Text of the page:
It’s OK to Have Sex the Night Before a Fight, According to an MMA Champion

The "women weaken legs" argument is a myth, folks

A tired boxer standing in the corner of the ring.
Worry more about what you'll do in the ring than out of it.
Wade Austin Ellis/Unsplash

Former UFC champion Michael Bisping won 30 fights in his professional MMA career — and 18 by knockout. He reckons he had sex with his wife the night before a bunch of them.

In a recent video posted to his YouTube channel, the retired British fighter, who now works as an analyst and commentator, takes on the oft-repeated “women weaken legs” superstition, which compels most fighters to abstain from sex or masturbation the night before (and usually the week leading up to) a big fight.

The public is fairly familiar with this concept thanks to the Rocky franchise; way back in the original, Rocky’s trainer Mickey yells at him after a pair of female admirers try to get Rocky’s autograph during a training session. And in the series’ recent spinoff, Rocky passes the practice down to Adonis Creed, urging him to keep things PG with his girlfriend Bianca Taylor before the climactic match at the end of Creed.

Coaches outside of combat sports have been known to preach a similar message. If you played organized sports in high school or college you definitely heard it before. Meanwhile, managers at the professional level have no problem dropping abstinence edicts on their athletes, especially when traveling.

During the 2014 FIFA World Cup in Brazil, Mexican coach Miguel Herrera said, “I am thinking about soccer and I hope that the boys are thinking about soccer because nobody has died from practicing abstinence for 40 days.” Players from other nations — England and Ghana — were reportedly kept away from their wives and girlfriends during the tournament, to mixed results.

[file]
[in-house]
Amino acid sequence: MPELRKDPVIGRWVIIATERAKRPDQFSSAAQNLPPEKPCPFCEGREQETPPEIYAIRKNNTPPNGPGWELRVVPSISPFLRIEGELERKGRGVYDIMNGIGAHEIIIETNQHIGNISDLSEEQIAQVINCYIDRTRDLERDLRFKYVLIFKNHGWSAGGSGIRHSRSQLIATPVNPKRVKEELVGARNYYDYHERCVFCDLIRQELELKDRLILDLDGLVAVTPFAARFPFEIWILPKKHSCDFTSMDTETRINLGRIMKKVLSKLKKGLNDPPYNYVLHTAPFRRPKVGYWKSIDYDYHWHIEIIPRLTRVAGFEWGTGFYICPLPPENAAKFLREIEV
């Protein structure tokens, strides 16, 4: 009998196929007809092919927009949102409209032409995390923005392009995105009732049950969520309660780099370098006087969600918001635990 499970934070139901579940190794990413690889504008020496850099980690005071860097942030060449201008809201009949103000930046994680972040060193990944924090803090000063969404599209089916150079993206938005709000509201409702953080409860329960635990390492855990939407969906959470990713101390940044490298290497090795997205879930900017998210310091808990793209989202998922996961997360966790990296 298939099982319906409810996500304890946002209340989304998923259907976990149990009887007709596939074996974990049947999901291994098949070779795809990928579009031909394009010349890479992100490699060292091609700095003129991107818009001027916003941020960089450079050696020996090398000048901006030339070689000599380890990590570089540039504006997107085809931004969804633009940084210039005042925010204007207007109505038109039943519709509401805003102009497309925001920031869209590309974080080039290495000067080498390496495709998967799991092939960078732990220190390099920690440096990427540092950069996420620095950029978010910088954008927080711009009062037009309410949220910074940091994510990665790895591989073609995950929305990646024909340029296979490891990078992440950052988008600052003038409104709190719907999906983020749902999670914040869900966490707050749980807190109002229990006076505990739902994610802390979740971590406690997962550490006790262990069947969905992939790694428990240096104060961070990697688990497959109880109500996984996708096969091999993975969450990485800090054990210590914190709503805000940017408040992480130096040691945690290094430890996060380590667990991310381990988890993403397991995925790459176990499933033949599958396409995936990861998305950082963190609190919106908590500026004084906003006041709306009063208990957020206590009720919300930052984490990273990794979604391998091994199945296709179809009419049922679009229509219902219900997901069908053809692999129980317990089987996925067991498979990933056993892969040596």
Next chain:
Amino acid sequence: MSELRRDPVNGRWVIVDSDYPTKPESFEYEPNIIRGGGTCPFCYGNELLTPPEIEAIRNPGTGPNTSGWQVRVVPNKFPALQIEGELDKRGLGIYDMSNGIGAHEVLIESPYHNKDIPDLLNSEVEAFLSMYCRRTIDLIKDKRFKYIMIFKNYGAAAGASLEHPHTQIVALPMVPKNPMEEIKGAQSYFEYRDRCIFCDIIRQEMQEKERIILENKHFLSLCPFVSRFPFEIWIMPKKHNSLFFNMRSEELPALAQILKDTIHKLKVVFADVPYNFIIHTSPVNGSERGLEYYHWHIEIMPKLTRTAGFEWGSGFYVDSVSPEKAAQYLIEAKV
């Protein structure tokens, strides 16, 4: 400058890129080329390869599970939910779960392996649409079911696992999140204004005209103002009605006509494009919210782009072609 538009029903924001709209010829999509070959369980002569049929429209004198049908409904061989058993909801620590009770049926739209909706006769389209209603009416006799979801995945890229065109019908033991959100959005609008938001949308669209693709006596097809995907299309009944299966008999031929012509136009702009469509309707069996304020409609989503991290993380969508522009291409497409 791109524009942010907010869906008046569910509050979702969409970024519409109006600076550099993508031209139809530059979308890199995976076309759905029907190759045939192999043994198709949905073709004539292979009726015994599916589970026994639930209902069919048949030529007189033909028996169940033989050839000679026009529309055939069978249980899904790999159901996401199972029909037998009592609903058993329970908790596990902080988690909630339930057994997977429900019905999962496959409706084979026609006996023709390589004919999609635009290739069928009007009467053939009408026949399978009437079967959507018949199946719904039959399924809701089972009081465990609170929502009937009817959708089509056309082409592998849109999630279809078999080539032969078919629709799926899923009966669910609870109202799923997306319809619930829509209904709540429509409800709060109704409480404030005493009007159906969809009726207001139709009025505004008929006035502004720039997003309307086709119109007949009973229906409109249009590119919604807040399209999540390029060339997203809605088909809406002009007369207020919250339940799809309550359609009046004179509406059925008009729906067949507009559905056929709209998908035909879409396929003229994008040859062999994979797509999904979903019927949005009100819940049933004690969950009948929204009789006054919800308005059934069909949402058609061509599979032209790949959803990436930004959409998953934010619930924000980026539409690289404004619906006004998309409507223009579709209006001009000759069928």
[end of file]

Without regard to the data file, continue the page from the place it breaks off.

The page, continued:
As Bisping points out, the whole concept is more or less a myth. It makes sense that its modern origins stem from the world of martial arts, where fighters are obsessed with gaining any minuscule advantage. Many have convinced themselves that retaining sperm will help them bring more testosterone and aggression into the ring or cage.

But the premise that sex or masturbation will tank testosterone levels is a misconception; the body releases hormones on its own in an effort to achieve homeostasis. In fact, letting loose the night before a big fight or game could be just what the doctor ordered, as an effective tool for calming the body down before sleep.

Trainer Jeff Cavaliere even recommends masturbating as a pre-bed activity. He imagines that this could help deliver you a better night’s sleep. Over time, this would actually improve your testosterone and fitness gains. Before an extremely important day, though, it would help you relax. Laser focus is admirable; and for some, perhaps, it’s the only way to get in the right mindset before a contest. But for others, a bit of fun could be the lifeline they need to calm the nerves.

As Bisping says: “It’s a great distraction from the fight. Actual science says that the more times you release, the more times you climax, it actually helps to increase the testosterone levels in you … You’ve thought of this day for months, you’ve trained your arse off for months, you’ve pushed yourself to the absolute limit … I’m just saying, having a little distraction will take your mind off that.”

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